New Delhi: Ruckus erupted in Parliament on the second day of budget session as Opposition parties upped the ante against the government over a contentious land bill.
The Narendra Modi government will introduce the land acquisition amendment bill 2015 to replace the ordinance in Lok Sabha on Tuesday.
Before that, finance minister Arun Jaitley invoked the first Nehru government and said it introduced 77 oridinances, amid an uproar triggered by the Opposition in Rajya Sabha.
“Ordinances are bypassing Parliament is not a valid argument,” he said.
The Opposition has remained firm that the ordinance, along with five more, would not be allowed to go through Parliament. These ordinances would expire on March 20, if not passed during this budget session.
President Pranab Mukherjee had set the tone for the government to push for the tweaked land law on Monday amid resistance from the Opposition and rights groups, prompting the BJP to discuss ways to get the controversial legislation passed in Parliament.
The law has been suitably refined to protect farmers’ interests during land acquisition for crucial public projects, Mukherjee told a joint sitting of Parliament that launched the budget session.
“My government attaches paramount importance to safeguard the interest of farmers and families affected by land acquisition,” the President said, trying to allay fears the land act would benefit only industries without a consent clause from landowners which the Modi government had enacted through an ordinance.
The ruling coalition would introduce the bill to replace the land ordinance in Lok Sabha on Tuesday, where it enjoys a brute majority but the problem lie in Rajya Sabha.
Rural development minister Chaudhary Birender Singh will introduce the Right to Fair Compensation and Transparency in Land Acquisition, Rehabilitation and Resettlement (Amendment) Bill, 2015.
It will replace the ordinance promulgated by the government in December last year, which had brought changes in the earlier bill passed in 2013 by the UPA government.
The government had promulgated the ordinance making significant changes in the land act including removal of consent clause for acquiring land for five areas — industrial corridors, PPP projects, rural infrastructure, affordable housing and defence.
The Congress has already given a notice for suspension of question hour in the Upper House to discuss the ordinance. Party chief Sonia Gandhi said the President’s speech had nothing new but was a rehash of UPA policies.
The ruling BJP also has its hands full after rights activist Anna Hazare on Monday started a protest against the “anti-farmer” land law.
He got support from old associates Arvind Kejriwal and Manish Sisodia, the chief minister of Delhi and his deputy whose Aam Aadmi Party had routed the BJP in the national capital’s assembly polls. They will join Hazare in his protest on Tuesday.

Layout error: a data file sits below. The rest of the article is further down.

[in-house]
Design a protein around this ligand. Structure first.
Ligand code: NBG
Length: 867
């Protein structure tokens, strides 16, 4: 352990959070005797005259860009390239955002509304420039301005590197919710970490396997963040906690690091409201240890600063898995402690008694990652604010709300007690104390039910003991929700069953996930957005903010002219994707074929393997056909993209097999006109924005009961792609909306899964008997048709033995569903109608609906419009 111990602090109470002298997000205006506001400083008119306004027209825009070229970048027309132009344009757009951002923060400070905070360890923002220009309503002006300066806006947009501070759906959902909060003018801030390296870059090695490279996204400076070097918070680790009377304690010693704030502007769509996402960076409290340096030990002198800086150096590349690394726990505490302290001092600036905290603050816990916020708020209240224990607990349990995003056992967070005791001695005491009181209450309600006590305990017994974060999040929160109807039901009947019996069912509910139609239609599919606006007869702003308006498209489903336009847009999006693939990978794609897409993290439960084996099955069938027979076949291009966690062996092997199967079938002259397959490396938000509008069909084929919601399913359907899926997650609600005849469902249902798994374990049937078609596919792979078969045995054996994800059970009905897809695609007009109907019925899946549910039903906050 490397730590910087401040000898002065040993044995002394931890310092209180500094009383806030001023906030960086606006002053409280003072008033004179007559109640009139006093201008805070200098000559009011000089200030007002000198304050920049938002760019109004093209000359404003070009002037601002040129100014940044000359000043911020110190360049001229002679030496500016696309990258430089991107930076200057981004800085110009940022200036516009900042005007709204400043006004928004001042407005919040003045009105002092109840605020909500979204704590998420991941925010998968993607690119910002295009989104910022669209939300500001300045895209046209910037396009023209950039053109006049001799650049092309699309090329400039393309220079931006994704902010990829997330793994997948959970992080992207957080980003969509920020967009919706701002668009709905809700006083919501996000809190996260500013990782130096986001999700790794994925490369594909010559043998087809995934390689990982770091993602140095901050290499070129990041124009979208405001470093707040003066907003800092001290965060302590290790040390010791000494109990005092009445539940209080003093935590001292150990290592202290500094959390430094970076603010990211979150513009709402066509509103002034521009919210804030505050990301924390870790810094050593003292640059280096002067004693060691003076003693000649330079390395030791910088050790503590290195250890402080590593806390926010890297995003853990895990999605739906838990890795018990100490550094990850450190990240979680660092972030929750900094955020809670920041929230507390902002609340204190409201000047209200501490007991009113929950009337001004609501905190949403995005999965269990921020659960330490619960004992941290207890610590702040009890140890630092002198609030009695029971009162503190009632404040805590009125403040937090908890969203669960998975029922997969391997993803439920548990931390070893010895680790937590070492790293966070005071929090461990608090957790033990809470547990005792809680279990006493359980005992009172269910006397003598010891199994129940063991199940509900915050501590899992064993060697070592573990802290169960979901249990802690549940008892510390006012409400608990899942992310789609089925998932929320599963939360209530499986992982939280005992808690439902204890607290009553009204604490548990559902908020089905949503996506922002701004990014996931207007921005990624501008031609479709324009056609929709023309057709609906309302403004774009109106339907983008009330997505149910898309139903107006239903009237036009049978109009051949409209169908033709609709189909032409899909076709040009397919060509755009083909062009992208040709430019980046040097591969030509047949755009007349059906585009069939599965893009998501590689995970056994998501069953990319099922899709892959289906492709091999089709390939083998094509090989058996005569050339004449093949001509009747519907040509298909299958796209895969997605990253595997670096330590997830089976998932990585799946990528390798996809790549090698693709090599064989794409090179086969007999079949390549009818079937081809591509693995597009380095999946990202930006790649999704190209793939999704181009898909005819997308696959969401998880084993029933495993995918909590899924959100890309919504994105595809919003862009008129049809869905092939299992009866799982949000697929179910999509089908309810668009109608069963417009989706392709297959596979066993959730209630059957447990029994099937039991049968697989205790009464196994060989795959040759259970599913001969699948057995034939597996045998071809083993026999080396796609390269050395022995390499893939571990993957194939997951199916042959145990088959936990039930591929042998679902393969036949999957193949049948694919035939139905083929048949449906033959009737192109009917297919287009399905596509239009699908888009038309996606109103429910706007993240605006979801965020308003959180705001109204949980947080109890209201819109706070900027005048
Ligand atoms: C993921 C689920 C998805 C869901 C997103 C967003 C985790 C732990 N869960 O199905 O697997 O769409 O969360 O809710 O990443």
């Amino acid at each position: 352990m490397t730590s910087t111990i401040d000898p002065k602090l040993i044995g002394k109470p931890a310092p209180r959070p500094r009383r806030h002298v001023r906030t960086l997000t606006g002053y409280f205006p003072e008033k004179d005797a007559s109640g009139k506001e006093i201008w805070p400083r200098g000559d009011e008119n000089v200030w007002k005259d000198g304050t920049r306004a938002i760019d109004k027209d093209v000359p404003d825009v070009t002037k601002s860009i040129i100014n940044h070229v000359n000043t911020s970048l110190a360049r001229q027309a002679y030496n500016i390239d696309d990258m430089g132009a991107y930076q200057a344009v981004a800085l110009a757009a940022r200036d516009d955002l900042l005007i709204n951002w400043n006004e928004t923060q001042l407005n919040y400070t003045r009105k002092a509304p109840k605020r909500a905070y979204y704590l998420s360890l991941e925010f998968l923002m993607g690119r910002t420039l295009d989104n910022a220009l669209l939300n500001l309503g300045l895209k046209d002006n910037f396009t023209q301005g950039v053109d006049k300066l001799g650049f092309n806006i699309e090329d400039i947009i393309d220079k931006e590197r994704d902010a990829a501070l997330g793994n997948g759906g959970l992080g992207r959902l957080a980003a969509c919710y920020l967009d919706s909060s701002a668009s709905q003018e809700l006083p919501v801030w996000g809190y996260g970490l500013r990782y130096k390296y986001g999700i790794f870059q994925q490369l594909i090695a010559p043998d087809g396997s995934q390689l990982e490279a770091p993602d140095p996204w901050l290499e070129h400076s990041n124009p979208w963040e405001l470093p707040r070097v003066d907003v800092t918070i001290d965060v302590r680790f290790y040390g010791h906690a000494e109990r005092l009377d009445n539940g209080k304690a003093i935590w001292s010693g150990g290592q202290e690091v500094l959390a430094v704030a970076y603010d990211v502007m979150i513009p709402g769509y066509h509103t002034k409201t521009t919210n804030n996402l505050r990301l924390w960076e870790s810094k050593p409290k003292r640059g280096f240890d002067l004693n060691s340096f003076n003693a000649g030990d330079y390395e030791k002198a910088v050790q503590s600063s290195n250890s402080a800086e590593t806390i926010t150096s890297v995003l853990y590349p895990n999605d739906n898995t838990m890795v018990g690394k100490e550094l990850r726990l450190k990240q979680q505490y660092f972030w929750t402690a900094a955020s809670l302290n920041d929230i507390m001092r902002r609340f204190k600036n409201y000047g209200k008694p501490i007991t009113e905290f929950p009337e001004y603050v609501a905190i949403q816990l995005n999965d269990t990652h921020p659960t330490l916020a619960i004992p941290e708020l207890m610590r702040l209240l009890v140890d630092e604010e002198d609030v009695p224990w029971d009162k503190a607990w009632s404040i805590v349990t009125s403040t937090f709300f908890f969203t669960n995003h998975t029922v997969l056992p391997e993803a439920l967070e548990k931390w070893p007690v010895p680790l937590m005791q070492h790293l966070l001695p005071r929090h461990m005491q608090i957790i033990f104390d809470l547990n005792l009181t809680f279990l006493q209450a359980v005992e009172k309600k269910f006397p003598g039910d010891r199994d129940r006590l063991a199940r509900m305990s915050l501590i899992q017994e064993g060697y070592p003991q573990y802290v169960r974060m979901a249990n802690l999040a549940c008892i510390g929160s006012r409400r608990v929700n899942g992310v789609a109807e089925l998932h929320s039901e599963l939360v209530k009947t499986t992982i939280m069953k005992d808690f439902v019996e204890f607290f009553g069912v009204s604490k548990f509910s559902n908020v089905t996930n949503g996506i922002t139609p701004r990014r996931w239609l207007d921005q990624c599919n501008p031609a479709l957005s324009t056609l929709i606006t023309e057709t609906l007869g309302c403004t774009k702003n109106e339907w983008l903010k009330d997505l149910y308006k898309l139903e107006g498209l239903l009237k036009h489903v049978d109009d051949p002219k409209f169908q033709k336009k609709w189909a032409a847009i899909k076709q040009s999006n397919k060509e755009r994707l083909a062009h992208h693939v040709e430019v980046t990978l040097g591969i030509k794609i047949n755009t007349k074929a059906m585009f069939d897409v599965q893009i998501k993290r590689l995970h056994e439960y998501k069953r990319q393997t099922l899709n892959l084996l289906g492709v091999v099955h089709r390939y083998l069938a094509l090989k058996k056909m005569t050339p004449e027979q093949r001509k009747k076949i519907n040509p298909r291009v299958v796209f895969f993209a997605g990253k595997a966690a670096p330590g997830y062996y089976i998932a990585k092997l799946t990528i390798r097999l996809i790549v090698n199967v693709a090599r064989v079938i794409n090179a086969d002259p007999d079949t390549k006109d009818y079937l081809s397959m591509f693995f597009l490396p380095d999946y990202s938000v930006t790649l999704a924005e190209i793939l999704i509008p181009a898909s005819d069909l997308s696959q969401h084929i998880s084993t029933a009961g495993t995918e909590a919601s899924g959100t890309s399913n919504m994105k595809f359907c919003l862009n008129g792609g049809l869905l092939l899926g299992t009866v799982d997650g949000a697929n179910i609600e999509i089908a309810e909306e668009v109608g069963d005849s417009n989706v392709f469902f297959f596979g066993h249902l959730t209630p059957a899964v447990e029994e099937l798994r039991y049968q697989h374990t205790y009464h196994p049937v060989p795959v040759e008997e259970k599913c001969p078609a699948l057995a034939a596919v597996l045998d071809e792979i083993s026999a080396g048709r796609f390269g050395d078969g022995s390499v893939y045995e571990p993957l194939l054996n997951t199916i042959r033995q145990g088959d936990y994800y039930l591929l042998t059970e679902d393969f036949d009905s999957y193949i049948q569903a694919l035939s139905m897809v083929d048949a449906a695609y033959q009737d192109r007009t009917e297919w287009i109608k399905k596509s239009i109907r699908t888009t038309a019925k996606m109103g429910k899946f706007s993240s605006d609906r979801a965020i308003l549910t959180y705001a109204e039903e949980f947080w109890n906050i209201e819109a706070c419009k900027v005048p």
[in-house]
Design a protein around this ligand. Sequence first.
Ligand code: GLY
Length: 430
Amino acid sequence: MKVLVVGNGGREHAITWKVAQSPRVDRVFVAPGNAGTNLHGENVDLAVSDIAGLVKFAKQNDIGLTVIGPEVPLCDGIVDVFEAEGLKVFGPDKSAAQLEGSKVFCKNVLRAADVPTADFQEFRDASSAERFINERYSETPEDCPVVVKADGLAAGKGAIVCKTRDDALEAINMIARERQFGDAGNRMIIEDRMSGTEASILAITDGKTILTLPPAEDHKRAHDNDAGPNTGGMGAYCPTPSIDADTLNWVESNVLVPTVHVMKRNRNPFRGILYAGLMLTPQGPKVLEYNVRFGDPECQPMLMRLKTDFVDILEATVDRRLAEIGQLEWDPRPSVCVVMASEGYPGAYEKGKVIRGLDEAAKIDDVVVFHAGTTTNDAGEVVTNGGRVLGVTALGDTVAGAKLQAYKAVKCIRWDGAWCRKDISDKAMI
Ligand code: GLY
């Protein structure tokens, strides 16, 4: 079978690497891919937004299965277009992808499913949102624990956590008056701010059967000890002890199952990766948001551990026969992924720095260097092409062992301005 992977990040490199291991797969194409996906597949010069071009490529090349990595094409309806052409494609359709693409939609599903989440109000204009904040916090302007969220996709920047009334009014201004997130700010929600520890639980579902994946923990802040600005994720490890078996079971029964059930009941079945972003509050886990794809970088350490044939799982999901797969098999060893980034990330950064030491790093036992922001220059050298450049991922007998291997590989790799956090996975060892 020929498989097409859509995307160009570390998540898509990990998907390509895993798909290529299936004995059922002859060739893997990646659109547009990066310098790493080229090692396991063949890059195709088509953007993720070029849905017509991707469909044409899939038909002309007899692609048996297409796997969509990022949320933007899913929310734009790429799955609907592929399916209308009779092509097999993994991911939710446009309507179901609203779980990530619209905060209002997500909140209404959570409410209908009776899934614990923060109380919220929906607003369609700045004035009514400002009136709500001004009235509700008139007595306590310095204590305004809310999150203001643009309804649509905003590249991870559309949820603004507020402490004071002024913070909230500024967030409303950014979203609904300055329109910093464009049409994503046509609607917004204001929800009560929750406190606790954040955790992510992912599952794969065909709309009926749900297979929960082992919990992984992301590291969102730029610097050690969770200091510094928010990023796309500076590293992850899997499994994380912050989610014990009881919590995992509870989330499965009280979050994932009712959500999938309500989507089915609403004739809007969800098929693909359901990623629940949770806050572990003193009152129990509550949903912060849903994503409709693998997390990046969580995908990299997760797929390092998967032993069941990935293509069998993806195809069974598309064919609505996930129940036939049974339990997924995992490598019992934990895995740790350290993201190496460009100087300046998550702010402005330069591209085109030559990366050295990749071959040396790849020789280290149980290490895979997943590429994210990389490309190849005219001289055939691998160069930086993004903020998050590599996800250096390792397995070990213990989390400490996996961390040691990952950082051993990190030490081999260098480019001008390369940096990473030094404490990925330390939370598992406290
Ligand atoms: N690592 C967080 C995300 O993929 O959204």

“This is land grab by the government … This is what the British used to do. To cater to industrialists, how can you betray farmers?” Hazare said before his dharna at Jantar Mantar.
Given the heat generated by the land law before the NDA government’s presents its first full-year budget on February 28, fear mounted within the BJP of a possible Parliament washout in the face of the Opposition’s belligerent stand.
Barring Prime Minister Modi, top BJP leaders closeted on Monday evening to see if the bill to be place before Lok Sabha could be further refined to pacify the protesters.
There were hints that the government might consider the demands when Parliament debates the bill.
“We discussed all issues, including land acquisition. We discussed issues farmers have raised. Twenty-seven farmer organisations have met home minister Rajnath Singh,” Union minister Ananth Kumar said.
“We will consider what is on farmers’ minds. The Prime Minister has said at an all-party meet we will welcome suggestions.”
The prime objection to the land acquisition ordinance has been that it removed the need for written consent from 70% of landowners for joint public-private projects.
To make matters worse, the Rashtriya Swayamsevak Sangh (RSS)-affiliated Bharatiya Kisan Sangh (BKS) has also raised objection to the ordinance, seeing in it a reason for the BJP’s drubbing in Delhi.
The government tried its hand to bring the Opposition on board as PM Modi said dialogue and discussion were an essential part of democracy and hoped for a positive outcome of the budget session.
He walked up to the opposition benches with folded hands after entering Lok Sabha on Monday morning — a first by the Prime Minister in almost nine months since taking charge.
Meanwhile, setting in motion the process of replacing ordinances relating coal mines, e-rickshaws and FDI in insurance with fresh bills, the government has listed for the withdrawal of old bills in Rajya Sabha.
Union ministers Arun Jaitley, Nitin Gadkari and Piyush Goyal will move for withdrawal of these bills.
The government is racing against time to convert the six ordinances into bills in the first part of the Budget session, which comes to an end on March 20.
The government will also introduce a bill in Lok Sabha to amend the Mines and Minerals (Development and Regulation) Act, 1957, which will replace the ordinance promulgated on the issue recently.